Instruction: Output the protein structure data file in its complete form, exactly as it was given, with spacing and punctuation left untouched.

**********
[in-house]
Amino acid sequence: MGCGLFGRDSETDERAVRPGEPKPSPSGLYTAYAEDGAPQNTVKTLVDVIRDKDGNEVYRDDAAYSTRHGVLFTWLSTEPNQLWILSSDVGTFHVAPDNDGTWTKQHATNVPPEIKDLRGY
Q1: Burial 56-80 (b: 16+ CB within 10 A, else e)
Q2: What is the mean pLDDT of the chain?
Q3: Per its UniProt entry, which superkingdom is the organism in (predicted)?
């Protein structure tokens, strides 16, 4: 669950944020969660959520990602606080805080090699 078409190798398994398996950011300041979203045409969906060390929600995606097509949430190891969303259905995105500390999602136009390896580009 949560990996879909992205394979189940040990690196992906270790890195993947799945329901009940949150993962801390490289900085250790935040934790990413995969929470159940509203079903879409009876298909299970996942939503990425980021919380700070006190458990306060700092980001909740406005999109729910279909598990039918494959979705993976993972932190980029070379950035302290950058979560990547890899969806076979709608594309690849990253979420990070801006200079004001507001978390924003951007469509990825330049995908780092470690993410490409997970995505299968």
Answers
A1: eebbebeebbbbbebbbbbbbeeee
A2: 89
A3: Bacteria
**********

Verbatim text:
[in-house]
Amino acid sequence: MGCGLFGRDSETDERAVRPGEPKPSPSGLYTAYAEDGAPQNTVKTLVDVIRDKDGNEVYRDDAAYSTRHGVLFTWLSTEPNQLWILSSDVGTFHVAPDNDGTWTKQHATNVPPEIKDLRGY
Q1: Burial 56-80 (b: 16+ CB within 10 A, else e)
Q2: What is the mean pLDDT of the chain?
Q3: Per its UniProt entry, which superkingdom is the organism in (predicted)?
């Protein structure tokens, strides 16, 4: 669950944020969660959520990602606080805080090699 078409190798398994398996950011300041979203045409969906060390929600995606097509949430190891969303259905995105500390999602136009390896580009 949560990996879909992205394979189940040990690196992906270790890195993947799945329901009940949150993962801390490289900085250790935040934790990413995969929470159940509203079903879409009876298909299970996942939503990425980021919380700070006190458990306060700092980001909740406005999109729910279909598990039918494959979705993976993972932190980029070379950035302290950058979560990547890899969806076979709608594309690849990253979420990070801006200079004001507001978390924003951007469509990825330049995908780092470690993410490409997970995505299968």
Answers
A1: eebbebeebbbbbebbbbbbbeeee
A2: 89
A3: Bacteria